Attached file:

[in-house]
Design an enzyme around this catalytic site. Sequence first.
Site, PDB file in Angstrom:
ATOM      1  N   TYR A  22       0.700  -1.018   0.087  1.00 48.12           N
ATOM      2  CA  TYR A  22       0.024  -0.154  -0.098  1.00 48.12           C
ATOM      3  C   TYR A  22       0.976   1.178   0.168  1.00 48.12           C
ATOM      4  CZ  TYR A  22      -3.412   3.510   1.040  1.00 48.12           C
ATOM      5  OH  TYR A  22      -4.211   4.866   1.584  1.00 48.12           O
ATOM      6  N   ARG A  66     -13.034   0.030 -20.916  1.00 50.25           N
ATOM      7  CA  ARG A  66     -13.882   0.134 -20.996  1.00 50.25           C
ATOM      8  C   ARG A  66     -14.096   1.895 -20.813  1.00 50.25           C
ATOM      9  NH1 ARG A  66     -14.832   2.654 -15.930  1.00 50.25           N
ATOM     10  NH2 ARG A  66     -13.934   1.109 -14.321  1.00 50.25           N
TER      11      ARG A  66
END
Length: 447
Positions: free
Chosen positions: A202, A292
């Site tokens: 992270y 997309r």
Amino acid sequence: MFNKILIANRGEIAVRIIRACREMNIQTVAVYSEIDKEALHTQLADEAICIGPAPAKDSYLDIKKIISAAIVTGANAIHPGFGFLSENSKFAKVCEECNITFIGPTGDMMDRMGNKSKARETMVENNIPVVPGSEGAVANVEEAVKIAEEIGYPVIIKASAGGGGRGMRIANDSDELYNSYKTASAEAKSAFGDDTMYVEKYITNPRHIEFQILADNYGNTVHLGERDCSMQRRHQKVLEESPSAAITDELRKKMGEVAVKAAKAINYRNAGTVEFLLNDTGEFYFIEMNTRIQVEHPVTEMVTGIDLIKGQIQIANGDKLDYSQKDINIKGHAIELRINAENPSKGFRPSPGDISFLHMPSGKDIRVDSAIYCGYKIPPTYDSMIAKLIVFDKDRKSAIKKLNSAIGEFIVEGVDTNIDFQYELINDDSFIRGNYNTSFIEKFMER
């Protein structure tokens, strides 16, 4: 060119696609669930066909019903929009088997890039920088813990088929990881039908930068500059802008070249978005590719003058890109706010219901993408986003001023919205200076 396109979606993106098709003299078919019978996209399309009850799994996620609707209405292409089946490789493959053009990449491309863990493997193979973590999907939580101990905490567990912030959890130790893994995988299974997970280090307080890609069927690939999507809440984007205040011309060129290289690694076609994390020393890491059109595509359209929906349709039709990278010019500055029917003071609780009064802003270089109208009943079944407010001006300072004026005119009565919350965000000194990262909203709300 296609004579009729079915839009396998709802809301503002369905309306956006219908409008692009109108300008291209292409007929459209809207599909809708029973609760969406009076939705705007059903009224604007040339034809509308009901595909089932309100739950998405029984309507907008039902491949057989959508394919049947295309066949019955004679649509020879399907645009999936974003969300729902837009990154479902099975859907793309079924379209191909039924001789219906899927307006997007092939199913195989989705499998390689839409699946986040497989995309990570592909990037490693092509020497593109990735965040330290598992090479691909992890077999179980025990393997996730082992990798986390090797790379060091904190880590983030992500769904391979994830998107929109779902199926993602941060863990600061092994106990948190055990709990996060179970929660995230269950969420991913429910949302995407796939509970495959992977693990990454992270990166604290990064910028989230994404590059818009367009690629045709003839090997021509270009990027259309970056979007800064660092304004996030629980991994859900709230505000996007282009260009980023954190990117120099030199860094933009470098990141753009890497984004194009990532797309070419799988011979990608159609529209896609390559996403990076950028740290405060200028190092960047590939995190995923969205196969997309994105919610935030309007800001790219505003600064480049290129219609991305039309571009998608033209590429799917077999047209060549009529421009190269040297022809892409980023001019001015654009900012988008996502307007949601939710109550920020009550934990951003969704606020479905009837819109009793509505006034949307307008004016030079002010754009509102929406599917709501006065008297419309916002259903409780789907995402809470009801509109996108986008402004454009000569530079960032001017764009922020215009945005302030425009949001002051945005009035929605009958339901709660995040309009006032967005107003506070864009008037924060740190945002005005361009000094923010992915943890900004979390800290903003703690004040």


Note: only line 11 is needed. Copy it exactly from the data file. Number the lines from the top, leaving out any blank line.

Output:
ATOM      8  C   ARG A  66     -14.096   1.895 -20.813  1.00 50.25           C